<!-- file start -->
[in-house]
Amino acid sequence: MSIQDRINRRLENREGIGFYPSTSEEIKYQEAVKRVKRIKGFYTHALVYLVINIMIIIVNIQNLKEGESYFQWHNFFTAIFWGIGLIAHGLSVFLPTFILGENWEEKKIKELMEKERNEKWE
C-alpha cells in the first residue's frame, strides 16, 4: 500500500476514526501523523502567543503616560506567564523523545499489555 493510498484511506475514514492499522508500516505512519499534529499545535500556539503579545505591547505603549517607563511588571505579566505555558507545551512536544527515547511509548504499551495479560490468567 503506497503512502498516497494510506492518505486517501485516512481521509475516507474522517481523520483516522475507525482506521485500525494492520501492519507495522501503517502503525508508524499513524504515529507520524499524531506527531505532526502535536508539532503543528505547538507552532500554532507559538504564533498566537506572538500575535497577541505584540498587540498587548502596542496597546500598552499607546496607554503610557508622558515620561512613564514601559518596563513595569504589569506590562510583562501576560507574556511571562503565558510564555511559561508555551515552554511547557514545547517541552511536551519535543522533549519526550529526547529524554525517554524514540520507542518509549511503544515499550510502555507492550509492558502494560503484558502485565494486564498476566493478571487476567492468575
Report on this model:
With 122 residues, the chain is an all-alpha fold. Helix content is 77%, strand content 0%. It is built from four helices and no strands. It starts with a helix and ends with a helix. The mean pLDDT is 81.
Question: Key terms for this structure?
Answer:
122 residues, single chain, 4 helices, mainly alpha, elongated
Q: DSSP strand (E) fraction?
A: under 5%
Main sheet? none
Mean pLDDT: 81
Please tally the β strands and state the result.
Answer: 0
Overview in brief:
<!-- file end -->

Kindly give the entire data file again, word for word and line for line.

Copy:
[in-house]
Amino acid sequence: MSIQDRINRRLENREGIGFYPSTSEEIKYQEAVKRVKRIKGFYTHALVYLVINIMIIIVNIQNLKEGESYFQWHNFFTAIFWGIGLIAHGLSVFLPTFILGENWEEKKIKELMEKERNEKWE
C-alpha cells in the first residue's frame, strides 16, 4: 500500500476514526501523523502567543503616560506567564523523545499489555 493510498484511506475514514492499522508500516505512519499534529499545535500556539503579545505591547505603549517607563511588571505579566505555558507545551512536544527515547511509548504499551495479560490468567 503506497503512502498516497494510506492518505486517501485516512481521509475516507474522517481523520483516522475507525482506521485500525494492520501492519507495522501503517502503525508508524499513524504515529507520524499524531506527531505532526502535536508539532503543528505547538507552532500554532507559538504564533498566537506572538500575535497577541505584540498587540498587548502596542496597546500598552499607546496607554503610557508622558515620561512613564514601559518596563513595569504589569506590562510583562501576560507574556511571562503565558510564555511559561508555551515552554511547557514545547517541552511536551519535543522533549519526550529526547529524554525517554524514540520507542518509549511503544515499550510502555507492550509492558502494560503484558502485565494486564498476566493478571487476567492468575
Report on this model:
With 122 residues, the chain is an all-alpha fold. Helix content is 77%, strand content 0%. It is built from four helices and no strands. It starts with a helix and ends with a helix. The mean pLDDT is 81.
Question: Key terms for this structure?
Answer:
122 residues, single chain, 4 helices, mainly alpha, elongated
Q: DSSP strand (E) fraction?
A: under 5%
Main sheet? none
Mean pLDDT: 81
Please tally the β strands and state the result.
Answer: 0
Overview in brief: